Gross evaluation, cytology, histopathology, IHC, PCR, and TEM are diagnostics that can aid in the diagnosis of ENA. Grossly the tumor is tan to white, firm, and multinodular. The tissue may also contain red-brown areas of hemorrhage or necrosis [2]. The histologic appearance is consistent with that of an adenoma or adenocarcinoma. The classic description includes cuboidal or pseudostratified nonciliated epithelial cells that form orderly tubular, papillary, or acinar arrangements. Neoplastic cells have basal round nuclei and a variable mitotic rate. Mucus secretion is usually abundant, and the fibrovascular stroma is usually scant. Neoplastic tissue and adjacent nonneoplastic tissues often contain numerous lymphocytes [2]. A viral etiology can be definitively proven by several methods. IHC can be performed using a mouse monoclonal antibody against the JSRV envelope protein which cross-reacts with the ENTV-envelope protein. The positive staining pattern is typically apical along the cell periphery. RT-PCR can detect the exogenous ENTV-1 using virus specific primers. TEM is variably reported to reveal extracellular or budding retroviral particles in 75–100% of ovine cases [2].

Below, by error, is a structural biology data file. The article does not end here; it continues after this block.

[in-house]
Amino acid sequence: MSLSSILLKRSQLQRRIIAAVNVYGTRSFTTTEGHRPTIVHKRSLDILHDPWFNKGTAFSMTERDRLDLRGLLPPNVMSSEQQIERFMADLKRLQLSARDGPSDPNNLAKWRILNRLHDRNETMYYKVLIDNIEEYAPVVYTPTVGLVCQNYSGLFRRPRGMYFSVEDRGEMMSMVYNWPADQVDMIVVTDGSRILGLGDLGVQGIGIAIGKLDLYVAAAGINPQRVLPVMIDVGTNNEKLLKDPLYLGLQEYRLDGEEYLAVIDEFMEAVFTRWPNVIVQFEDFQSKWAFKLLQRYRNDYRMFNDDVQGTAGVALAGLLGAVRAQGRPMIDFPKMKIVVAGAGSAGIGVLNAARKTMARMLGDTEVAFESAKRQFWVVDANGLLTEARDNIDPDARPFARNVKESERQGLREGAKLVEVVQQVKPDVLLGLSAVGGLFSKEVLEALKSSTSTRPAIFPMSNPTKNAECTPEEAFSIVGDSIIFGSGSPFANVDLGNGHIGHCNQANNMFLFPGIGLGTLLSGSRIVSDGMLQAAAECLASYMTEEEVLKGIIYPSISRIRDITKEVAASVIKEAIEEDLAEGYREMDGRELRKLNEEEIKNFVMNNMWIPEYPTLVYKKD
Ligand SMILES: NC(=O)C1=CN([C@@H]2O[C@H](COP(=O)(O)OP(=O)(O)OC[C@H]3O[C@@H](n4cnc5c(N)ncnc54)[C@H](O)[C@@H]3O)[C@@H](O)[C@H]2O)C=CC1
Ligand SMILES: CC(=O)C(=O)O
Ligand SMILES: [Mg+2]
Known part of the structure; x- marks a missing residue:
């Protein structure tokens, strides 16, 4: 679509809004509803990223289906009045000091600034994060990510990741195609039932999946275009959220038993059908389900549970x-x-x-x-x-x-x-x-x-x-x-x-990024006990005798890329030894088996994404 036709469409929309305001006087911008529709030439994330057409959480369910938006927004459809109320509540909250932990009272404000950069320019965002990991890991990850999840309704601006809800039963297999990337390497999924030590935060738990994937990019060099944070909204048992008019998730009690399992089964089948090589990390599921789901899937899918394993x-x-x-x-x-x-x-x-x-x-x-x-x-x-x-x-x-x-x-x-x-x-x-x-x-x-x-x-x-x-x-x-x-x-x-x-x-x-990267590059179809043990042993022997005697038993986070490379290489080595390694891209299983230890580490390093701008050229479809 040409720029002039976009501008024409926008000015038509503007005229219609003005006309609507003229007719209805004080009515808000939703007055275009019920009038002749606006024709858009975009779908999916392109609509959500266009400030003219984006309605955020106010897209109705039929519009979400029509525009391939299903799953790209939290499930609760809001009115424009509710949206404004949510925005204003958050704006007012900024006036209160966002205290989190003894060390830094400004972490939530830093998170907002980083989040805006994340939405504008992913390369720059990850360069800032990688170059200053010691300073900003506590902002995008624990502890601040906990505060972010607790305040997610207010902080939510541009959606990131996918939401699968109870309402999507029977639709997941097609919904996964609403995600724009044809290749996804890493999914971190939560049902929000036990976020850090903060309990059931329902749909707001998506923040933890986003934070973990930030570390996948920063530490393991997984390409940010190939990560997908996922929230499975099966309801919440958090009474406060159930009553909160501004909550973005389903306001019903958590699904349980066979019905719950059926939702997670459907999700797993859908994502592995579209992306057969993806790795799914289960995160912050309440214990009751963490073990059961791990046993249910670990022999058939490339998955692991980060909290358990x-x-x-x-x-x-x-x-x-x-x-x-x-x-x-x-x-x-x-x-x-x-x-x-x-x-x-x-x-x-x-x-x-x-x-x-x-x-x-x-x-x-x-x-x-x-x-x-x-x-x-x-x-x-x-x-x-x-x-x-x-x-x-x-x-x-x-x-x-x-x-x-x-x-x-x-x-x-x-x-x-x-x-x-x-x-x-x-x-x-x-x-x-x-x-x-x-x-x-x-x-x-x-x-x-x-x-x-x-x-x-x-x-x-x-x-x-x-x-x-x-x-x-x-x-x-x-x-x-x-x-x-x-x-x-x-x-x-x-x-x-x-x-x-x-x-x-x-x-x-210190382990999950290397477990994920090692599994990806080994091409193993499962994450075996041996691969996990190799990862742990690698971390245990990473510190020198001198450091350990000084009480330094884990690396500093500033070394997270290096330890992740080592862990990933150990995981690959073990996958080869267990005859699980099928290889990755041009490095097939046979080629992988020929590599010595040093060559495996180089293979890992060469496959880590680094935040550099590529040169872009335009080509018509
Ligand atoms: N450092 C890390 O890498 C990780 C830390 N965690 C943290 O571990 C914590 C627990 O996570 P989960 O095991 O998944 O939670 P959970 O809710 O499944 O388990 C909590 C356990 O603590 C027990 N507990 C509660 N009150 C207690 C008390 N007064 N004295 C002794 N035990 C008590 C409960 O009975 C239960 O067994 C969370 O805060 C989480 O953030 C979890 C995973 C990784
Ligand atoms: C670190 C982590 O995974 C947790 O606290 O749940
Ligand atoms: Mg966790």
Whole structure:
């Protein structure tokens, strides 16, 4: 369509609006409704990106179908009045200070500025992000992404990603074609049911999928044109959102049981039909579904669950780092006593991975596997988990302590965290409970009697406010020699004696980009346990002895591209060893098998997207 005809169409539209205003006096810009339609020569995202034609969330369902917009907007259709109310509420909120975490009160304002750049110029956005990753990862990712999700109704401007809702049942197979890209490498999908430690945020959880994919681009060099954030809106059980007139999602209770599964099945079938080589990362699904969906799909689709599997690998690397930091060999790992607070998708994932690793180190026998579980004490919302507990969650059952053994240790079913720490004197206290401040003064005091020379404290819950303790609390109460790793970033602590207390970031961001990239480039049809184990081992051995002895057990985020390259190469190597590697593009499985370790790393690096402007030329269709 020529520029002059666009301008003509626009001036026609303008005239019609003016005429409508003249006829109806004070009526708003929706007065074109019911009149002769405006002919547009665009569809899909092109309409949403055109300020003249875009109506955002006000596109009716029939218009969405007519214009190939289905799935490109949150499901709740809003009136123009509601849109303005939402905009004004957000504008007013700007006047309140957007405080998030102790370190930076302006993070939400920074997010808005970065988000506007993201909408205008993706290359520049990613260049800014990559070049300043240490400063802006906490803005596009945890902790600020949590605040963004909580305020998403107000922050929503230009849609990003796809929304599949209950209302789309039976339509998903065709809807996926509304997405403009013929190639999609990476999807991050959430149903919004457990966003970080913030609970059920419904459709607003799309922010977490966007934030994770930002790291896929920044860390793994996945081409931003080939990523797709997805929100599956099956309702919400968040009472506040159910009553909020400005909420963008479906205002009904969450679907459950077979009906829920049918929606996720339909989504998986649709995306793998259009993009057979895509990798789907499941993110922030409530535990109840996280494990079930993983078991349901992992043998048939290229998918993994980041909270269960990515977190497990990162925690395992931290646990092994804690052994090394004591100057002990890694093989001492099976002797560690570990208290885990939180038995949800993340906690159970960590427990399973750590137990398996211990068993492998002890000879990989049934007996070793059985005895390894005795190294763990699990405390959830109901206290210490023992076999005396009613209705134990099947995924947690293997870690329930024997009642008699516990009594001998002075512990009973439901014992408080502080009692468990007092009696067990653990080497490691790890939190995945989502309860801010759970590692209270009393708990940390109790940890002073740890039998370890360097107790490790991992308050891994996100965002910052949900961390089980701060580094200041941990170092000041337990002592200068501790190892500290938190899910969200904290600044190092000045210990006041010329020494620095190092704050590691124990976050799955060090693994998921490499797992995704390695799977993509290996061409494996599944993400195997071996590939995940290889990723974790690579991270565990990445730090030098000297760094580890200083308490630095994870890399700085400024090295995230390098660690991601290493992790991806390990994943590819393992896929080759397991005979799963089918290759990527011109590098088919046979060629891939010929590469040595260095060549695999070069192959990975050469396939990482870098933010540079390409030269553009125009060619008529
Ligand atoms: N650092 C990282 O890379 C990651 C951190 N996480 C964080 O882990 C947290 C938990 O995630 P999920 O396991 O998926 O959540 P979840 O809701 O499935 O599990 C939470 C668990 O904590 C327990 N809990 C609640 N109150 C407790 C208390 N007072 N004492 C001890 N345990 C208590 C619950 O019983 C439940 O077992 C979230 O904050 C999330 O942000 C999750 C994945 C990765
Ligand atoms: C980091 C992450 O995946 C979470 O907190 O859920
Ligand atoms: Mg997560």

Cytologic differentials include well-differentiated adenopapillomas, adenomas, and adenocarcinomas which account for the majority of nasal neoplasms in sheep [6]. Nasal epithelial hyperplasia is another consideration for this lesion. It is not possible to differentiate these three neoplasms on cytology, biopsy, and histopathology, making IHC, PCR, or TEM required to identify evidence of viral infections. Nonneoplastic differentials in sheep with gross lesions causing exophthalmia, facial deformity, nasal discharge, and dyspnea include nasal fungal or bacterial granuloma, actinobacillosis, actinomycosis, and sinusitis [6]. Conidiobolomycosis is a zygomycosis characterized by granulomatous and necrotic lesions in the ethmoidal and nasopharyngeal regions that extend into the turbinate bones and can invade the brain and orbit [7]. These patients often experience exophthalmia along with nasal discharge, dyspnea, anorexia, facial distortion, and enlargement of the anterior or posterior nasal cavity [7].